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THE SEVEN TYPES OF

BIBLICAL FASTING
Excerpt from the book, “The Rewards of Fasting:
Experiencing the Power and Affections of God”
written by Mike Bickle, co-authored by Dana Candler
1. Fasting to experience the power of
God in personal ministry
■ We can fast for a greater release of God’s power in our ministry. There
are many biblical examples of this type of fast. When the disciples
could not set a demonized boy free, Jesus told them that the demon
involved was the kind that would not go out except by prayer and
fasting (Matt. 17:21).
2. Fasting for prophetic revelation of the
End Times
■ We are living in the generation in which God will raise up men and women of
unusual prophetic insight. There will be an unprecedented release of prophetic
revelation in the Church before Jesus returns (Acts 2:17-21). Daniel prophesied that
in the End Times God would raise up “people with prophetic understanding” who
would teach multitudes (Dan. 11:33-35; 12:4, 10). These prophetic people will
stand in the very counsel of the Lord with mature understanding of what He is doing
in the time of judgment.
3. Fasting for the fulfillment of God’s
promises to our city or nation
■ Scripture is full of examples of men of faith used by God to usher in the completion
of His promises. For example, God had said that He would restore the Israelites from
their horrible 70-year captivity as slaves in Babylon (606-536 BC). When the
Persians conquered Babylon, Daniel prayed and fasted for the fulfillment of God’s
promises. As a result, Israel was released from captivity and allowed to return to its
land and rebuild its nation (Dan. 9:1-3; 10:13).
4. Fasting to stop a crisis

■ Fasting to avert a national or individual crisis was often practiced in Old Testament
times. Time after time God reversed the Israelites’ desperate situation when they
turned to Him in corporate prayer and fasting. In the prophet Joel’s day, Israel faced
several divine judgments. First, locusts and drought brought on an agricultural crisis
(Joel 1). Then the Babylonian army prepared to invade the land (Joel 2:1-9). Joel
called for a national solemn assembly, proclaiming that God might reverse His
decision to judge them if the people humbled themselves and repented with fasting
and prayer (Joel 1:13-14; 2:12-15).
■ The principle of humbling oneself with fasting during a time of crisis is also seen on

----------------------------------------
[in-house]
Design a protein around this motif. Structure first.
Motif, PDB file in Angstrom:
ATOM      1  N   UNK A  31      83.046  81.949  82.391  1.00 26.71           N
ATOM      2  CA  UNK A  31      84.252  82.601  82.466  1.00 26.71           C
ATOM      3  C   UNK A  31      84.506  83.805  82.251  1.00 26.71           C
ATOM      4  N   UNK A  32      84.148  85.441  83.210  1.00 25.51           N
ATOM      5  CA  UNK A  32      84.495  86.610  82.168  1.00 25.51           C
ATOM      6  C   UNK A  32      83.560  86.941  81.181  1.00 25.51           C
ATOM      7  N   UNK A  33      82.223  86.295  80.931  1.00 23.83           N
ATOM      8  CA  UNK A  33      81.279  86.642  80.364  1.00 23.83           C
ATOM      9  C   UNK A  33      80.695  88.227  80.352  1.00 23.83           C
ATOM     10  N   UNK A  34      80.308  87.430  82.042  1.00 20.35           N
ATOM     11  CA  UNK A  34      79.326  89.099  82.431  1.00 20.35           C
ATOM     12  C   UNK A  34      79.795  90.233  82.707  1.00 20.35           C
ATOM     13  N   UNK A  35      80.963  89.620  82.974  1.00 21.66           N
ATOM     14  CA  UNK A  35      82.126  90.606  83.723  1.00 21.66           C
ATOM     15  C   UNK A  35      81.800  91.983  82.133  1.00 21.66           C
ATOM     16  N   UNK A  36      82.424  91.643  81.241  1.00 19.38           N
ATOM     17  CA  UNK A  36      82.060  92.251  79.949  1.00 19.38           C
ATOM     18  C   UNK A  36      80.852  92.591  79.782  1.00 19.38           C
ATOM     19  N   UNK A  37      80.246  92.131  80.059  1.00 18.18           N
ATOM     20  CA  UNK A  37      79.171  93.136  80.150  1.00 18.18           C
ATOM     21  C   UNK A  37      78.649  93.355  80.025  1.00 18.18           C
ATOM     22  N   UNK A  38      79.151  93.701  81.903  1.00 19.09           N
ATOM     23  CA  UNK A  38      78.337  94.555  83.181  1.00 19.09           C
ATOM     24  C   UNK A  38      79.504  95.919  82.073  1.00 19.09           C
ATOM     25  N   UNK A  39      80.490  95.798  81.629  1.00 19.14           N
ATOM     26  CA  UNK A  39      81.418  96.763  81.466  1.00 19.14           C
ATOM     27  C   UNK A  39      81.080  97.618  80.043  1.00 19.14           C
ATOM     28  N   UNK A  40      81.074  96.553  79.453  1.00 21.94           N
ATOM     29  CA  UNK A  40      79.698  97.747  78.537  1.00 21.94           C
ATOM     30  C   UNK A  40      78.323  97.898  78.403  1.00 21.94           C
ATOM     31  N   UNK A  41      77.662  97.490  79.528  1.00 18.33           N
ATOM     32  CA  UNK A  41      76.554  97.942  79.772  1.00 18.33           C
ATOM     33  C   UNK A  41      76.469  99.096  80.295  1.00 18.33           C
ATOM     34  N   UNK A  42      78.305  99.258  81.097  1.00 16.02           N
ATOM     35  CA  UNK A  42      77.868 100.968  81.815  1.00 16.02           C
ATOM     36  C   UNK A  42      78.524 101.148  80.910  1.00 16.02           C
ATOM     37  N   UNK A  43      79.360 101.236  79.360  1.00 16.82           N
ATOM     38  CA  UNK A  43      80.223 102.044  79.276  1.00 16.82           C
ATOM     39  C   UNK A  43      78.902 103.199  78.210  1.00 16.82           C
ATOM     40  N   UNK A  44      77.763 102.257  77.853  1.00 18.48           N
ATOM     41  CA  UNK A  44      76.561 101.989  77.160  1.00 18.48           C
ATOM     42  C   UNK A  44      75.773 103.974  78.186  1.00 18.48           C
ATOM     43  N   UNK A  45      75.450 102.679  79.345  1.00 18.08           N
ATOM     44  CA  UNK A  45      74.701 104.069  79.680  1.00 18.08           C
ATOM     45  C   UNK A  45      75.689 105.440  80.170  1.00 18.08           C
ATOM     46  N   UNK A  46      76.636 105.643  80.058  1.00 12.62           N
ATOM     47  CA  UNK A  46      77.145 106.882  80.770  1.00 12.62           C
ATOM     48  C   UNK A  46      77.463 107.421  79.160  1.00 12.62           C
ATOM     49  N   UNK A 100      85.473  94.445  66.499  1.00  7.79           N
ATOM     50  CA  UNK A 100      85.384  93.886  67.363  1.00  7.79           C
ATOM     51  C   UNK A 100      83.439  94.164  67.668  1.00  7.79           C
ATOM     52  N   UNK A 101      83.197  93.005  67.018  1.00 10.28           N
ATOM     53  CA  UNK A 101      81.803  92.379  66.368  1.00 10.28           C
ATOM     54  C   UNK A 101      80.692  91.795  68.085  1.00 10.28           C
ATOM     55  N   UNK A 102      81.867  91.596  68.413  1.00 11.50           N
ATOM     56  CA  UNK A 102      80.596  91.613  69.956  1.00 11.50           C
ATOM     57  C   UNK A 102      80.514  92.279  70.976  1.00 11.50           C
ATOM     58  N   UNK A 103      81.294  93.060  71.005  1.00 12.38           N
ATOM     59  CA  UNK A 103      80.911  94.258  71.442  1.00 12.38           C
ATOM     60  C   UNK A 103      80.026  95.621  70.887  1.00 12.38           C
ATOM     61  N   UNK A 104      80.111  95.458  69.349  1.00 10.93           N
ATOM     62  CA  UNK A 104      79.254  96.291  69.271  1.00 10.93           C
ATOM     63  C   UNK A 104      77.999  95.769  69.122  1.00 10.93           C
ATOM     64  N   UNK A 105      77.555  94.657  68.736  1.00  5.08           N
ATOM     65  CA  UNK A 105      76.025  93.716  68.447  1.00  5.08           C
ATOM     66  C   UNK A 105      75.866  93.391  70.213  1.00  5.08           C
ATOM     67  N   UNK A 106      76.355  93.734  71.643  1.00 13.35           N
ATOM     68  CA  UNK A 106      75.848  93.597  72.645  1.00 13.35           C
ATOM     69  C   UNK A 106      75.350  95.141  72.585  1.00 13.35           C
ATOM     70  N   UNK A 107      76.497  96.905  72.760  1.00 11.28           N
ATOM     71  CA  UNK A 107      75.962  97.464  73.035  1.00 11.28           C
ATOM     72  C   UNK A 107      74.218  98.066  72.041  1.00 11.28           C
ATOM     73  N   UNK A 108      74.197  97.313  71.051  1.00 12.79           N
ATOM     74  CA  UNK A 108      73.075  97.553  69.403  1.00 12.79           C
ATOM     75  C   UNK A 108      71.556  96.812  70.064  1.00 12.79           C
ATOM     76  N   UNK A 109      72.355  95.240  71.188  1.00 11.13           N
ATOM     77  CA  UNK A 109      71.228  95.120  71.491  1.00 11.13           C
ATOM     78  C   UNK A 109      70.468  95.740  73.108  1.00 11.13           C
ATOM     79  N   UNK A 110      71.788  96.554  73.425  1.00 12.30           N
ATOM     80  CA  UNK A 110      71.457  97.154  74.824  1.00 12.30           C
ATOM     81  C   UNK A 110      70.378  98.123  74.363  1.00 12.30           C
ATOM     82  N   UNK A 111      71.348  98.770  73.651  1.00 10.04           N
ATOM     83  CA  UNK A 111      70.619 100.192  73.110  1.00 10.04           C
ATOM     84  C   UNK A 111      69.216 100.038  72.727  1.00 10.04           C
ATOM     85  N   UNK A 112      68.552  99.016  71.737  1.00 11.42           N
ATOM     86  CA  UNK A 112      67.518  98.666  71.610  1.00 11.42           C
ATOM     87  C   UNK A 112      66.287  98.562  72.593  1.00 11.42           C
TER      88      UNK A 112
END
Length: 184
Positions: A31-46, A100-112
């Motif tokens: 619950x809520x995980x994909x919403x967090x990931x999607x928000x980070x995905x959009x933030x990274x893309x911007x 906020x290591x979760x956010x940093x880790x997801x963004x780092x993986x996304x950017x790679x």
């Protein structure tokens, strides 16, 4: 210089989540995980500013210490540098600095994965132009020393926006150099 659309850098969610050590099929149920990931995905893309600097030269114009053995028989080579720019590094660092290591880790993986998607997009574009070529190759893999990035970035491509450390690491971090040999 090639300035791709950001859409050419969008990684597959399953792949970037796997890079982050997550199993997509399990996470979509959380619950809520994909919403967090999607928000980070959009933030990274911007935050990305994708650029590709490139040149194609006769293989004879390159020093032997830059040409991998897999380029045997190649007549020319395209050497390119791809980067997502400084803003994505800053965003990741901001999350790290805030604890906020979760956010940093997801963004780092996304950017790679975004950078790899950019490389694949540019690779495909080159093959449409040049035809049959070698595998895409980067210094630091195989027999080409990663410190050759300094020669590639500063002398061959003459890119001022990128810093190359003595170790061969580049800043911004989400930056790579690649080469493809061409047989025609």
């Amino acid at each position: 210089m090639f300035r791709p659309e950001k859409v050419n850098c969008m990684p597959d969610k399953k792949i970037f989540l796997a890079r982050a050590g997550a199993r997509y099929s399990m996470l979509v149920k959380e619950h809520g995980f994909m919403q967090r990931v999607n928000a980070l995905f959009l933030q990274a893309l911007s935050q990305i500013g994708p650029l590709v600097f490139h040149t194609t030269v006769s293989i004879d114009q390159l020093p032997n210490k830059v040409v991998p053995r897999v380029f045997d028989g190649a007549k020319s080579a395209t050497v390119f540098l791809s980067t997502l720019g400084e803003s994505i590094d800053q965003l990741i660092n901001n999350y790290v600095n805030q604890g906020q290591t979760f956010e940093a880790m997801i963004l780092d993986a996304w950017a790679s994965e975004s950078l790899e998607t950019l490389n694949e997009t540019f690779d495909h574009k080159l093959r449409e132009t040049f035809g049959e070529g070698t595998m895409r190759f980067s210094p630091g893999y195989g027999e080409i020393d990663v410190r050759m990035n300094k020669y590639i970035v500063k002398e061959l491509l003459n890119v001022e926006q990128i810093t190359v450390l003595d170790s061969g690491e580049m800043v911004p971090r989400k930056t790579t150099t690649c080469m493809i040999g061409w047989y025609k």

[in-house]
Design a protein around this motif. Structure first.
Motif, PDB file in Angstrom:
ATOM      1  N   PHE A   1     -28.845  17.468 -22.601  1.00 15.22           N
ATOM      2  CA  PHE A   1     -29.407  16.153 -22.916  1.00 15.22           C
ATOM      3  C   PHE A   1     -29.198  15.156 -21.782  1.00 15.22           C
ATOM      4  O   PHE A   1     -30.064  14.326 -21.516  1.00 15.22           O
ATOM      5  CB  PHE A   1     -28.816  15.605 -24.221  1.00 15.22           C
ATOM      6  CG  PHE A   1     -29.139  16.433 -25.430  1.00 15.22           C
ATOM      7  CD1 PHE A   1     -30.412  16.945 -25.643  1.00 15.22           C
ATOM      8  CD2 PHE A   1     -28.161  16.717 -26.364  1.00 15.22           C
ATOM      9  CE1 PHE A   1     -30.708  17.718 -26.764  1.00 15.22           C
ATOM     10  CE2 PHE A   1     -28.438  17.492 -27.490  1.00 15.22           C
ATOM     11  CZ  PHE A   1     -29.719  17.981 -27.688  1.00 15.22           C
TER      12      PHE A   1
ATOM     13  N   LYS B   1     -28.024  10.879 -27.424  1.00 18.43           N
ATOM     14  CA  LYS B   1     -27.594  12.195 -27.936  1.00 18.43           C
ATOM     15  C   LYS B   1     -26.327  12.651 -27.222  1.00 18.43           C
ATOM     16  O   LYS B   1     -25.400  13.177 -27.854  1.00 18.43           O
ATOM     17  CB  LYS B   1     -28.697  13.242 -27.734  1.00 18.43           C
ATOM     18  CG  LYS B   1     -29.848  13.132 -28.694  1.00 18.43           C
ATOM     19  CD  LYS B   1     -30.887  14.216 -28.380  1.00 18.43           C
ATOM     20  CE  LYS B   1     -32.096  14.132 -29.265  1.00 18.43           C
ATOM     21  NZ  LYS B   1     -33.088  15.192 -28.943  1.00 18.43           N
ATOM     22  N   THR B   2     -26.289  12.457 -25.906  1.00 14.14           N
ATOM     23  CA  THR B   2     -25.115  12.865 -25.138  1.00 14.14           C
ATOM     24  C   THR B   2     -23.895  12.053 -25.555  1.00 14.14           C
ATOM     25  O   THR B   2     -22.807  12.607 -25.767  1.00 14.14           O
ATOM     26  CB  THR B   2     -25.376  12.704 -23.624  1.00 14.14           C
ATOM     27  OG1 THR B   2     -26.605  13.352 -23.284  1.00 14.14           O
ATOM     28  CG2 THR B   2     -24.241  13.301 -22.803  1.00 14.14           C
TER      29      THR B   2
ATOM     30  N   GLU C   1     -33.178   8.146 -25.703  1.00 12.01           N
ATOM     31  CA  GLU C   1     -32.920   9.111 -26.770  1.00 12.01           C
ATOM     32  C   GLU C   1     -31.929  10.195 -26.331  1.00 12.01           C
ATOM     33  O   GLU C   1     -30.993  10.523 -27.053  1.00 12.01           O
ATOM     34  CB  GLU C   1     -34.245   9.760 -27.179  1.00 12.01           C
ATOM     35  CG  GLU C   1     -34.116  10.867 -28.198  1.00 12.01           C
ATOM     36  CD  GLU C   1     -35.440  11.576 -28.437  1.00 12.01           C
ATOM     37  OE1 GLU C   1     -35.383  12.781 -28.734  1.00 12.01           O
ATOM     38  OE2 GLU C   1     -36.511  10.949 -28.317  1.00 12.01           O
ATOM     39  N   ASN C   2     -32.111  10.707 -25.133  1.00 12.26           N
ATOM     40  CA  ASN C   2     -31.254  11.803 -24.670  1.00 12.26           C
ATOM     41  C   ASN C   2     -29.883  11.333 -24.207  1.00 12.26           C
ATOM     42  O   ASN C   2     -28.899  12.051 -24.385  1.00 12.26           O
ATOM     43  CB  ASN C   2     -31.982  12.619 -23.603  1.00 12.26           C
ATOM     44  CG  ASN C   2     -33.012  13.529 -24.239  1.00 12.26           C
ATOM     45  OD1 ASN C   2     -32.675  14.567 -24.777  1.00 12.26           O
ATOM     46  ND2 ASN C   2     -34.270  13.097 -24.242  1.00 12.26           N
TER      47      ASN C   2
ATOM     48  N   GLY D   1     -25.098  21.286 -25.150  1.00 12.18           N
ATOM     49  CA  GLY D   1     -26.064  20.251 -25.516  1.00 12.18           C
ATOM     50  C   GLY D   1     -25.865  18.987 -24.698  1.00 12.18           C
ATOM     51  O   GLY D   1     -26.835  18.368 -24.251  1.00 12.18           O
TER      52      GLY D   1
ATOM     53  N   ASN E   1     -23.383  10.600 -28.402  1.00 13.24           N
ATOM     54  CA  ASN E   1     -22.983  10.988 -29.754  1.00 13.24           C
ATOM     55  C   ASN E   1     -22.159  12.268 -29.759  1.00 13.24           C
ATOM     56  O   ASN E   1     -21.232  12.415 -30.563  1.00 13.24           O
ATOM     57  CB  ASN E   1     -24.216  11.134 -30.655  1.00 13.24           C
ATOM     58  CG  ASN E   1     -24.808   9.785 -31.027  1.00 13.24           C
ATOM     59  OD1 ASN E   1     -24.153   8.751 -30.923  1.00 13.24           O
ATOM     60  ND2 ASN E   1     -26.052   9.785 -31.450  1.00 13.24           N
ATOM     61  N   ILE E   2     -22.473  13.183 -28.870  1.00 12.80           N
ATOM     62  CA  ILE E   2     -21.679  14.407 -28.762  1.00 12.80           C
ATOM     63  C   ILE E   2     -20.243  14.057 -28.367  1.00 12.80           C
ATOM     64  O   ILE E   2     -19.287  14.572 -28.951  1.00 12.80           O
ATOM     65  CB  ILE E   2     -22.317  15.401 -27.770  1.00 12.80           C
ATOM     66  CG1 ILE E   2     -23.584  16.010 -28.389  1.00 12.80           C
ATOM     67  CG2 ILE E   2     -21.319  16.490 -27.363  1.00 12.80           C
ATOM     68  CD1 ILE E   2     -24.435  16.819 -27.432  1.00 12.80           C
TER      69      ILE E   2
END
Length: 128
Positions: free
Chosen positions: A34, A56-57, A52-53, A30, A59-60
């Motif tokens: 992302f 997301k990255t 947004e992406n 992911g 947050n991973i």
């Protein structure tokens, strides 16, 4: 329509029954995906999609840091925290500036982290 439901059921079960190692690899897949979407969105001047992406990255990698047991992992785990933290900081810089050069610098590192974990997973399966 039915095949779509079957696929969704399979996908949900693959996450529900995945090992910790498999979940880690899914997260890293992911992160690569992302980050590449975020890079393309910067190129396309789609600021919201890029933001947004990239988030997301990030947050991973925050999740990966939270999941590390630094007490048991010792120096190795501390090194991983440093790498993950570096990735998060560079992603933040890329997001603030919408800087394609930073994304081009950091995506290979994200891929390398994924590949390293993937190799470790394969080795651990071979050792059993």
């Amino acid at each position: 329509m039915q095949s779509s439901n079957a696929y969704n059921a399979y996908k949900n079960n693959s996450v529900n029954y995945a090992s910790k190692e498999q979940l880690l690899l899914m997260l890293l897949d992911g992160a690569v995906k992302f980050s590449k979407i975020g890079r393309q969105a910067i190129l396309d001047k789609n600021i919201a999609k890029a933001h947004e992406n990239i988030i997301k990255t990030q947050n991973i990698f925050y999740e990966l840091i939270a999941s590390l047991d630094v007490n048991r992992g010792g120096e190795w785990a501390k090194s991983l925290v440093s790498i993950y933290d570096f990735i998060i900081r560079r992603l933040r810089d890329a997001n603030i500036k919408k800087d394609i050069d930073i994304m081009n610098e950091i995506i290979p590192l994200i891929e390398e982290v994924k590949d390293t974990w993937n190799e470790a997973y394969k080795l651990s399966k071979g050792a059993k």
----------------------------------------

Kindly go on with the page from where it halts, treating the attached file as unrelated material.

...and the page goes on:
a personal level throughout Scripture. Hannah, the mother of Samuel, was so
distressed by her physical barrenness that “she wept and did not eat.” God
answered her cry and lifted the crisis of her barrenness by giving her a son who grew
up to become a mighty prophet (1 Sam. 1:7).
5. Fasting for protection

■ When Daniel was thrown into the lions’ den, King Darius and Daniel fasted and
prayed for Daniel’s protection. In response, God sent an angel into the lions’ den to
shut the mouths of the lions (Dan. 6:18-23). Daniel’s life was spared as a result of
prayer and fasting. Esther, a Jewish woman in the Persian court, called the Jews in
Persia to fast for three days after a wicked man named Haman set into motion a
plan to annihilate all the Jews and take their possessions (Esth. 3:13; 4:7). Esther
first needed divine protection when she came before King Ahasuerus (Xerxes)
without a royal summons. The penalty for doing what Esther did was death. Many
cried out in prayer and fasting (Esth. 4:3, 16). The Lord spared Esther’s life before
the king (Esth. 5:1-6) and then reversed the situation facing the Jews and saved
them from Haman’s evil plan (Esth. 9:1).
6. Fasting for direction

■ Jesus prayed all night to receive direction before selecting His twelve apostles. “He
went out to the mountain to pray, and continued all night in prayer to God. And when
it was day, He called His disciples to Himself; and from them He chose twelve whom
He also named apostles” (Luke 6:12-13).
7. Fasting for encounter and intimacy
with God – the Bridegroom fast
■ “The disciples of John came to Him, saying, ‘Why do we and the Pharisees fast often,
but Your disciples do not fast?’ Jesus said to them, ‘Can the friends of the
bridegroom mourn as long as the bridegroom is with them? But the days will come
when the bridegroom will be taken away from them, and then they will fast’” (Matt.
9:14-15).
■ God has promised to reveal the depths of His heart to us (1 Cor. 2:10). Just a small
taste of His love makes us insatiably hungry for more, and fasting accelerates the
rate at which we receive revelation from God. As we enter into a Bridegroom fast, our
sins are mourned, our hearts are stirred with longing for Jesus, and our spiritual
capacity to freely receive from Him is increased.
Take Aways:

■ Fasting is not for the strong. It is not for the solid. It


is not for the perfect. Fasting is for the common,
weak, frail, ordinary individual who realizes his or
her lack and has a desperate need for more of God.